And while in some cases taking hormonal birth control may be helpful in treating the subset of migraines that occurs around one's period, the so-called "menstrual migraines," hormonal birth control is generally avoided with women with migraines with aura for fear of compounding stroke risk.
Goldman said that when she began taking the birth control pill, also known as oral contraceptives, in high school, she had no idea she would need to ask her doctor about the potential risks of the medication when she started developing migraines later on.
"Being on birth control from 17 to 26, I wasn’t aware of how it affected my body," said Goldman. "I feel like I wasn’t properly educated about birth control when I started it."
Birth control pills are made of either both estrogen and progestin -- the two hormones made naturally in a woman's ovaries -- or just progestin, according to the National Library of Medicine.
Dr. Nita Landry, a board-certified OBGYN, told "GMA" that estrogen-containing birth control pills can also be associated with a small increased risk of stroke, which, if taken by someone who suffers from migraines with aura, would add an additional stroke risk.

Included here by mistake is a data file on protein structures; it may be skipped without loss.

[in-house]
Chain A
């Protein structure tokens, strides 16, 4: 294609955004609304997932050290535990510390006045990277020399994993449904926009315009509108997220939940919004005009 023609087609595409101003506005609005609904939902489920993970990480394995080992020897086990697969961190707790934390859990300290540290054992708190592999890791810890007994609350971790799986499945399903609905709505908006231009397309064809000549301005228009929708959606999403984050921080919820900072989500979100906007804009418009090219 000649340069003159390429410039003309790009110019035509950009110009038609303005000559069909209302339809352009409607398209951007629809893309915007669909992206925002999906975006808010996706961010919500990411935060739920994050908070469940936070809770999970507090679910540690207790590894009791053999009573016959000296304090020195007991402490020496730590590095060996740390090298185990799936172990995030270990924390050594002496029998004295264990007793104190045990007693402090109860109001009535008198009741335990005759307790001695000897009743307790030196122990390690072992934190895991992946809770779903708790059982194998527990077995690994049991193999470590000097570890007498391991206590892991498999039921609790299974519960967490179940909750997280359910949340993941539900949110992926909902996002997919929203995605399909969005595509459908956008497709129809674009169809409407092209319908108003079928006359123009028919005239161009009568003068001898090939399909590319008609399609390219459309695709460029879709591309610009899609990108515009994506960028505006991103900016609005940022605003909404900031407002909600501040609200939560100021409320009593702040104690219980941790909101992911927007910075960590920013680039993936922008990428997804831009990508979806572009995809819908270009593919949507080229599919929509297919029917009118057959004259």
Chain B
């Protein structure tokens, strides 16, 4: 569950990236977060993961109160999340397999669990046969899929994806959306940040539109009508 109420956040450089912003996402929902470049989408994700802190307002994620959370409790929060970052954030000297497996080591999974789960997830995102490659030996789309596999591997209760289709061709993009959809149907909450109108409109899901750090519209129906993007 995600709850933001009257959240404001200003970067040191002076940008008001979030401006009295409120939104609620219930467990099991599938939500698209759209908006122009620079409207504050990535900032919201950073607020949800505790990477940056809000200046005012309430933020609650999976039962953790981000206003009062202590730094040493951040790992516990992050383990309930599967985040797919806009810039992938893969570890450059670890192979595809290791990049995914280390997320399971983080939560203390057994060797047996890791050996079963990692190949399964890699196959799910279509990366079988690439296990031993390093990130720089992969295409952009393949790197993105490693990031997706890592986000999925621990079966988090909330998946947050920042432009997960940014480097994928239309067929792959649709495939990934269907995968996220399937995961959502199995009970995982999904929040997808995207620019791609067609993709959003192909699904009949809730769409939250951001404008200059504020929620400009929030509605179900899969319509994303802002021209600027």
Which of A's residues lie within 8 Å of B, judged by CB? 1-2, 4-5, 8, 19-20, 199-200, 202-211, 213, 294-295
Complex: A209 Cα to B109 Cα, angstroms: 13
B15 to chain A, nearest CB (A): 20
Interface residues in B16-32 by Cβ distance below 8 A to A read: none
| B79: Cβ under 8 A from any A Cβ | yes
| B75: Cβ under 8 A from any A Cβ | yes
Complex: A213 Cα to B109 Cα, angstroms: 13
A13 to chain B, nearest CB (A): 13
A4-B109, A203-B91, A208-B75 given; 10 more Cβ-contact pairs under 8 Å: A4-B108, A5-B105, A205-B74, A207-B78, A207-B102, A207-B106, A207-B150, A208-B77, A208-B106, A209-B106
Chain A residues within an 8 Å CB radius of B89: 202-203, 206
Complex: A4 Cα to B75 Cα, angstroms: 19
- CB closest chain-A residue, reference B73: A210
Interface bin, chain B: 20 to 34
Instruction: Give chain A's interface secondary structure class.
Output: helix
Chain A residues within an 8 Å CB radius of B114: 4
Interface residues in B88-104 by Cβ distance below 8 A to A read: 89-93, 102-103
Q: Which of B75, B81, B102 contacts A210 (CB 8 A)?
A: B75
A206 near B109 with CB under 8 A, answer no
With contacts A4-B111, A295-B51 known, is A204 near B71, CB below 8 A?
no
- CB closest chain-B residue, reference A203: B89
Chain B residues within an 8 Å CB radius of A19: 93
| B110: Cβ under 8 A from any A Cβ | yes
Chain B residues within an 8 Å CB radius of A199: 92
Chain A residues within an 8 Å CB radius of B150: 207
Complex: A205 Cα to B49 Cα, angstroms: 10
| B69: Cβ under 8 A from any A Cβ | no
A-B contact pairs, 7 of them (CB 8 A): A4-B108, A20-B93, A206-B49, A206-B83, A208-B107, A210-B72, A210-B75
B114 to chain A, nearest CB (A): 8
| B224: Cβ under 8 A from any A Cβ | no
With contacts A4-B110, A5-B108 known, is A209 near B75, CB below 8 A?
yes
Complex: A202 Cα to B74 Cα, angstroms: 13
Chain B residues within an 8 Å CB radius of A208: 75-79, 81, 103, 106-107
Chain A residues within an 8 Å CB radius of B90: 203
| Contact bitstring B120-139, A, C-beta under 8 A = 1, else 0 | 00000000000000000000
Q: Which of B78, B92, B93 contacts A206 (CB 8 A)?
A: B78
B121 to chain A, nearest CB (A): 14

"You don’t want to necessarily combine those two stroke risks," said Landry. "If someone does have a history of migraines with aura, or someone has a history of ocular migraines, I would suggest that they use a form of birth control that does not contain estrogen just because of the potential increased risk of stroke."
Landry, author of the forthcoming book, "Dr. Nita's Crash Course for Women: Better Sex, Better Health, Better You," said that women do not need to be fearful of using hormonal birth control, but they do need to be aware of what they're putting into their bodies.
"You deserve to have all of the information. It’s your body," she said. "I'm really big on informed consent, and you can't give informed consent if you don't understand the risks and benefits."
Landry pointed out that hormonal birth control has many benefits, including managing period pain and lowering the risk of ovarian cancer in some cases.